The first classic paper your present uses a genetic algorithm (GA), while you mention genetic programming (GP). In short, a GA uses an evolutionary process to evolve a fixed-length vector, normally a bit string, while a GP evolves variable-length decision trees, which could be a computer program or mathematical function.
An autoencoder is something that automatically encodes or decodes something. For example, a noisy image is decoded to the original image (very simplified I know), the point here is automatically, so, without any defined process, an autoencoder can "learn" how to remove the noise from the image.
Generally, an autoencoder is made using a neural network (NN). The noisy image is read in as input and the output is a clear image. To train the NN, backpropagation is used. For backpropagation to work, an error is needed to calculate the weight changes. Alternatively, the weights could be encoded as a vector. A fixed-length vector is then evolved using a GA to evolve the weights of the NN. This is what the "classic paper" mentioned does.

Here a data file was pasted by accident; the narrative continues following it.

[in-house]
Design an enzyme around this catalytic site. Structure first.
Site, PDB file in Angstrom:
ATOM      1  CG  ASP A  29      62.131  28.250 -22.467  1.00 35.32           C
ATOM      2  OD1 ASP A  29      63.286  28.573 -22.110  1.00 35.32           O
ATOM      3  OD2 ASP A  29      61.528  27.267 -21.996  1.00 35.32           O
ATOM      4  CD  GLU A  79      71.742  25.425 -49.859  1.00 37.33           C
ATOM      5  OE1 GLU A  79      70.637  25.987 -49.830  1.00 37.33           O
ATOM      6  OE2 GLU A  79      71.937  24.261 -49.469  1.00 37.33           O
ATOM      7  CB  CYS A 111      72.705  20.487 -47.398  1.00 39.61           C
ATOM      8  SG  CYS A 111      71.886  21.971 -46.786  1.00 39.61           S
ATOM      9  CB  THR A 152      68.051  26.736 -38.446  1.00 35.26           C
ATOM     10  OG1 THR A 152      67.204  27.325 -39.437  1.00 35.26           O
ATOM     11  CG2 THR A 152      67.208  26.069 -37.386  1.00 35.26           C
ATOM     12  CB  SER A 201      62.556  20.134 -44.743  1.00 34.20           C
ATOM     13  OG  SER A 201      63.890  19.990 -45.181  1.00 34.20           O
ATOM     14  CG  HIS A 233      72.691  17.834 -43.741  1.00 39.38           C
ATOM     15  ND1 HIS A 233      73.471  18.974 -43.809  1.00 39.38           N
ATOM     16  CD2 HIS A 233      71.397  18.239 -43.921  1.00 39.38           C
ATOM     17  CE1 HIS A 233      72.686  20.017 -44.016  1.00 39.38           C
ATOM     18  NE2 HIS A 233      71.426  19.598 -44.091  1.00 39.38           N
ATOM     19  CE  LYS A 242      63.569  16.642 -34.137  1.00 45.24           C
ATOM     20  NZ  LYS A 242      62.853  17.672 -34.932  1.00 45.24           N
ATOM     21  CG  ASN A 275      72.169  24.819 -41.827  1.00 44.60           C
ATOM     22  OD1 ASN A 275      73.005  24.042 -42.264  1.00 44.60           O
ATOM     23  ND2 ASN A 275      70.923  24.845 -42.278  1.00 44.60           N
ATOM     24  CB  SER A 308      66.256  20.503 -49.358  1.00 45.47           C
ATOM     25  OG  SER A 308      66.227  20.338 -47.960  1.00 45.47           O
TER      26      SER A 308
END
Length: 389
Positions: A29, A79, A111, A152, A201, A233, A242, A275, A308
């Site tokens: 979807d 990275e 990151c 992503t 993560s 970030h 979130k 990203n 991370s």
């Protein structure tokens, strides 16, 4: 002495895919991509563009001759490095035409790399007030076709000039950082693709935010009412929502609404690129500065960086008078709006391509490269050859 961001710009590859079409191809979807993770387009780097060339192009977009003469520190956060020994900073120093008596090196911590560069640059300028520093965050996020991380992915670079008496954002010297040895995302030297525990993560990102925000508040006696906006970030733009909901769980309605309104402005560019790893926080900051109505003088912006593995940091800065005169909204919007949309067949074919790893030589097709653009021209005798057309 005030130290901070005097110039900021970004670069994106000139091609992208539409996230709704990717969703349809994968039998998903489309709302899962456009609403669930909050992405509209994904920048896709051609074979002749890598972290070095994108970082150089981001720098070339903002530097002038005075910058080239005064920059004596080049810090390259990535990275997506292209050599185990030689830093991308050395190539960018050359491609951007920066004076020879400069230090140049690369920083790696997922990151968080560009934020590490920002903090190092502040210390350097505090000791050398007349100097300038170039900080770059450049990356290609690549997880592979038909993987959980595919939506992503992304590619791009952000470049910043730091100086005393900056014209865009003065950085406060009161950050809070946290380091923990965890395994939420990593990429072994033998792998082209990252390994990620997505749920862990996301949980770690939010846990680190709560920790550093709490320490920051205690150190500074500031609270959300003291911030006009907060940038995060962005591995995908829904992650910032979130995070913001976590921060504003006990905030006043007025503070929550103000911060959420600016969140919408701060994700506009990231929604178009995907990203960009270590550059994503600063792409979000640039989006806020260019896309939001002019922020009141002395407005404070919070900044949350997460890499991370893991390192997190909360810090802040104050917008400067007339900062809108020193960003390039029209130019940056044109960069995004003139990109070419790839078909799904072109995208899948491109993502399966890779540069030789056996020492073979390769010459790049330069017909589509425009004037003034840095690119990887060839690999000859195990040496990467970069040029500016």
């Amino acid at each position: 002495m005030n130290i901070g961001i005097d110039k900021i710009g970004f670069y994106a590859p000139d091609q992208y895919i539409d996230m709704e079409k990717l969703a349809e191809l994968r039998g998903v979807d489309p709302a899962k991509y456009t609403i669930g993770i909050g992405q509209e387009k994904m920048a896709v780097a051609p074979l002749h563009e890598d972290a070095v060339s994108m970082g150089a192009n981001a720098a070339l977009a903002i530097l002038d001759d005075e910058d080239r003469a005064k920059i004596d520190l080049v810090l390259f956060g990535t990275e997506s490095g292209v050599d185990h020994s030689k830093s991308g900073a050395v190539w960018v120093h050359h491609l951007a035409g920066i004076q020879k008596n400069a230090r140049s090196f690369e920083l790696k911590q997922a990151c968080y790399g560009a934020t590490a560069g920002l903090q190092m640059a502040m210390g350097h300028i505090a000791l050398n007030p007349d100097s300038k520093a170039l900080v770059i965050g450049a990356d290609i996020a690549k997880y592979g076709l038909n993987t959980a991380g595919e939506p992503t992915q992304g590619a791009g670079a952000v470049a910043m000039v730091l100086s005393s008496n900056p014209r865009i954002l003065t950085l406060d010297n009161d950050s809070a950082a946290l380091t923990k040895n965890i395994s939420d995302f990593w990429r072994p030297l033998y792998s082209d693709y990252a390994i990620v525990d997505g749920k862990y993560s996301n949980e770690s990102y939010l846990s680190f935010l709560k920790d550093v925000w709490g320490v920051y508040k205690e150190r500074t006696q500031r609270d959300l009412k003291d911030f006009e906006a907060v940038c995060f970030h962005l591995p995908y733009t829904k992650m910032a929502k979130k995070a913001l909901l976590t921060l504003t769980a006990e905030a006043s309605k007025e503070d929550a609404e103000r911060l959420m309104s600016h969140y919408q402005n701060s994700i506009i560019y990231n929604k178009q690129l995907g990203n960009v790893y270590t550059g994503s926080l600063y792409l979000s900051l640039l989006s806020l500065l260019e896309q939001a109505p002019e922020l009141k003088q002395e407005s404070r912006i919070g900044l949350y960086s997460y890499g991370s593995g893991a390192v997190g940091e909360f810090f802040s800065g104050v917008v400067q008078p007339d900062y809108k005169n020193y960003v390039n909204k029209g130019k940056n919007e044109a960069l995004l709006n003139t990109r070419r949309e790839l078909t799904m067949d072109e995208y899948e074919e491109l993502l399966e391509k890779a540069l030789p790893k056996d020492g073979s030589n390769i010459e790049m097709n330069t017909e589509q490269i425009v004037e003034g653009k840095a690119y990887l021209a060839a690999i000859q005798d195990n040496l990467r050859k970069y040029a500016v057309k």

Using a GA to evolve the weights of a NN is not really efficient, because weights affect each other which means each time crossover happens the weights are totally messed up and the GA can easily get stuck in a local optimum. Gradient descent is probably more efficient.
The structure of a multi-layered network is important. Here, gradient descent is still used to update the weights, but a GP could be used to evolve the structure of the NN.
Alternatively, the GP itself could be used to evolve an autoencoder without using a NN. Here, the chromosome will contain nodes such as mathematical operations or computer code that would alter the input to produce the output.